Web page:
Hearing ‘Meaningful’ Sounds Decreases Performance on Cognitive Tasks

Summary: Meaningful noises such as speech and music, have a positive effect when people embark on cognitive tasks, a new study reports.

Source: Acoustical Society of America.

Scientists also examined the subjective level of annoyance in meaningless sounds.

Open office plans are becoming increasingly common in the workplace — offering a way to optimize available space and encourage dialogue, interaction and collaboration among employees. However, a new study suggests that productive work-related conversations might actually decrease the performance of other employees within earshot — more so than other random, meaningless noises.

The results of the study, led by Takahiro Tamesue, an associate professor at Yamaguchi University in Japan, will be described during the 172nd Meeting of the Acoustical Society of America and the 5th Joint Meeting with Acoustical Society of Japan, being held Nov. 28-Dec. 2, 2016 in Honolulu, Hawaii.

In their work, the researchers investigated the impact of meaningless and meaningful noises on selective attention and cognitive performance in volunteers, as well as the degree of subjective “annoyingness” of those noises.

The experiments were based on the so-called “odd-ball” paradigm — a test used to examine selective attention and information processing ability.

“In the odd-ball paradigm, subjects detect and count rare target events embedded in a series of repetitive events. To complete the odd-ball task it is necessary to regulate attention to a stimulus,” Tamesue explained. Tamesue’s laboratory focuses on improving auditory environments by analyzing the physiological and psychological effects of noise.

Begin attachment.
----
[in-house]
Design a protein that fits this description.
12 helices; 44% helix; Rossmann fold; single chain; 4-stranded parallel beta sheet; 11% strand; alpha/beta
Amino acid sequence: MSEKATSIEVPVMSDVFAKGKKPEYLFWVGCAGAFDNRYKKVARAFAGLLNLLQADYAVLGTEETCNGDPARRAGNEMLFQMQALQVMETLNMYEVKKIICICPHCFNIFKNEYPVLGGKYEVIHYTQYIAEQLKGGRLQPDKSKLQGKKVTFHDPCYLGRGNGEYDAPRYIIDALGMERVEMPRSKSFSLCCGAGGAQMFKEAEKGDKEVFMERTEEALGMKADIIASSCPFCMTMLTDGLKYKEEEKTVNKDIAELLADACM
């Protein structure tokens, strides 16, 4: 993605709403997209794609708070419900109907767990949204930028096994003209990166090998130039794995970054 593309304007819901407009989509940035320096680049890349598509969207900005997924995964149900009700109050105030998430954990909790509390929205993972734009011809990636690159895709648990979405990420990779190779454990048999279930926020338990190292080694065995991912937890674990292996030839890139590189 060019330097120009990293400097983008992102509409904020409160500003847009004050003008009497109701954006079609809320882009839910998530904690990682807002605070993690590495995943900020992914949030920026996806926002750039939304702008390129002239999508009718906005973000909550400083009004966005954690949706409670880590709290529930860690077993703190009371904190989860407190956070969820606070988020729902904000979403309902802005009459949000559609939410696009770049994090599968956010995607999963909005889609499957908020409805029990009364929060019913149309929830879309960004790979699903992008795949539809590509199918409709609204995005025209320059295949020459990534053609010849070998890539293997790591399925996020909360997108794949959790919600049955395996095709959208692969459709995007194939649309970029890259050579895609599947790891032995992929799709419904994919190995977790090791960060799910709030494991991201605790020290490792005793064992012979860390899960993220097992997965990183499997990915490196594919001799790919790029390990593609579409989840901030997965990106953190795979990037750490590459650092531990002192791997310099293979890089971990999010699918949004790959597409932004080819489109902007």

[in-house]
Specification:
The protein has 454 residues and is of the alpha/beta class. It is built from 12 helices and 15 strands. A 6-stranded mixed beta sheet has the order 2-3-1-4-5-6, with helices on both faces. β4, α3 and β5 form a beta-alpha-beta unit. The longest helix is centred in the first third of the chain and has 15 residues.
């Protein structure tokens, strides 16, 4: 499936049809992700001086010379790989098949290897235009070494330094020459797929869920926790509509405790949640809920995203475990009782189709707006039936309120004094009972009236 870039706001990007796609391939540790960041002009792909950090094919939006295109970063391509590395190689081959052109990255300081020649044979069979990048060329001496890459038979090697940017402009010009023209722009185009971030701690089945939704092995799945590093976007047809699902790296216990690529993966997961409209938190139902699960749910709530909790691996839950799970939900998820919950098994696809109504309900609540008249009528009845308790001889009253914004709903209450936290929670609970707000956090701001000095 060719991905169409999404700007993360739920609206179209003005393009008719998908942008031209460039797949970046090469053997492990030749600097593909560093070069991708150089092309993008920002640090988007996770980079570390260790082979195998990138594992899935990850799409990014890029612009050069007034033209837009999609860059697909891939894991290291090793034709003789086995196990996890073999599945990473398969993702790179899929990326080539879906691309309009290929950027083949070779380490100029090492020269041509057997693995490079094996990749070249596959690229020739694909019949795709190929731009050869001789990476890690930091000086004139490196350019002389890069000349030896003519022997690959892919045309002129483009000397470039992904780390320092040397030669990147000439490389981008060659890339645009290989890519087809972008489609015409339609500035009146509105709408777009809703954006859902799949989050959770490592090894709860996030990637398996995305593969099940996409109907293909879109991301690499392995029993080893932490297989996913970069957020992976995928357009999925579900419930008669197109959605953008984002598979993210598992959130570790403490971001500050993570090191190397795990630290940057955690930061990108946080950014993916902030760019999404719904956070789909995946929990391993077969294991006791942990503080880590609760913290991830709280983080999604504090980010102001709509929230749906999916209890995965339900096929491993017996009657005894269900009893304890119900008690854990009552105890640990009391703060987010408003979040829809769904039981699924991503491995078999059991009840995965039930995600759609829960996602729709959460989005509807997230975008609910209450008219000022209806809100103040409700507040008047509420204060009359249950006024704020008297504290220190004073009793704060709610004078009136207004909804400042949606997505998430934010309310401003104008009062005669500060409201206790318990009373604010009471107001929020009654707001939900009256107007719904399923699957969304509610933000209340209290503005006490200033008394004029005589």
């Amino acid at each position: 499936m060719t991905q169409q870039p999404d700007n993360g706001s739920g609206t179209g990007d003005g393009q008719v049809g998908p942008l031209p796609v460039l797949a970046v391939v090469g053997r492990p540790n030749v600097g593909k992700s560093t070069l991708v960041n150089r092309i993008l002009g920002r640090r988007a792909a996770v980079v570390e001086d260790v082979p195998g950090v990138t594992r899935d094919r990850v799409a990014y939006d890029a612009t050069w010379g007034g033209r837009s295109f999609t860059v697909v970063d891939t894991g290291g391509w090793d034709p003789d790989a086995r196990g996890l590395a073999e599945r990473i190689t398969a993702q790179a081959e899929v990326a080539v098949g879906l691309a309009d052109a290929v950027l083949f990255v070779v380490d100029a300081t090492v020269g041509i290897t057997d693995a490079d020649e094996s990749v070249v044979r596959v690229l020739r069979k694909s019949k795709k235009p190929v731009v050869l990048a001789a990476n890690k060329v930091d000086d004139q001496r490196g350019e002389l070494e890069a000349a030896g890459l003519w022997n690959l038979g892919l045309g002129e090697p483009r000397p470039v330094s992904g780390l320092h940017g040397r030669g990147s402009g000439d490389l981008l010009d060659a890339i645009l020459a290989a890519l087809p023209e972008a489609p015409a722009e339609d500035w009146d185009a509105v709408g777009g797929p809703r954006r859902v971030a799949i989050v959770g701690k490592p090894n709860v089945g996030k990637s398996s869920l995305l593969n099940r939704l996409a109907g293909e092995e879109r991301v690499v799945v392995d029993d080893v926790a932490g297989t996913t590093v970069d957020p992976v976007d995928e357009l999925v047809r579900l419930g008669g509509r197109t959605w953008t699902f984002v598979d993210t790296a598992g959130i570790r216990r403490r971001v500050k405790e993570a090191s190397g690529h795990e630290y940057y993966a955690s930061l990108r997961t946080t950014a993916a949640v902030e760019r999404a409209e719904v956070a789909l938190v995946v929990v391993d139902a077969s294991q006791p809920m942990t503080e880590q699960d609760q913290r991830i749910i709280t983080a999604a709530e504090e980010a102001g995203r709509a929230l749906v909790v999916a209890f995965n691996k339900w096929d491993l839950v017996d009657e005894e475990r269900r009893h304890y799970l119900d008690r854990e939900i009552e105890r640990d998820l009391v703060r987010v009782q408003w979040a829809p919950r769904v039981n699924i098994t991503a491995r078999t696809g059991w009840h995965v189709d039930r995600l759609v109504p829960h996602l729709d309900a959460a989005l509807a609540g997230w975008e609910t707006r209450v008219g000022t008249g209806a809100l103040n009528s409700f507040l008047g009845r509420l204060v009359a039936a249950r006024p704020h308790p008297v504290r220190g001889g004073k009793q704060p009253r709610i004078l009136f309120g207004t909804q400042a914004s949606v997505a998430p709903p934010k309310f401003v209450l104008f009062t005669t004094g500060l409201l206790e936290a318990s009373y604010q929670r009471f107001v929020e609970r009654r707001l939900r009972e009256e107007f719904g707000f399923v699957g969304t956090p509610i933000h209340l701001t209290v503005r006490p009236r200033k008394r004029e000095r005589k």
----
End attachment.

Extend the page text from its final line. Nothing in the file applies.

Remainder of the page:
In one trial, a visual odd-ball paradigm, subjects observed pictures flashing on a PC monitor as meaningless (for example, a pseudo voice-noise consisting of a pink noise with a spectrum closely resembling that of speech) and meaningful sounds (male and female speech) were played to both ears through headphones. The most frequent image — appearing 20 percent of the time — was 10 x 10 centimeter-square green image; the most infrequent was a red square. The subjects had to count the number of times the red image flashed on the screen over a 10-minute period. In a second trial, an auditory odd-ball paradigm, the subjects had to detect and count an infrequently played noise — a 2,000-Hertz tone — amid a series of 1,000-Hz tones. At the end of the trial, the subjects also rated their level of annoyance at each sound, on a seven-point scale.

During this and other experiments, the subjects’ brain waves were measured through electrodes placed on their scalp. In particular, the researchers looked at two parts of the electroencephalograph (EEG) waveforms generated during the trials. The first, the so-called N100 component of event-related potentials (ERPs, brain responses caused by particular sensations, thoughts or motions), peaks about 100 milliseconds after a stimulus is presented. The second, the P300 component of ERPs, peaks around 300 milliseconds after the presentation of a stimulus.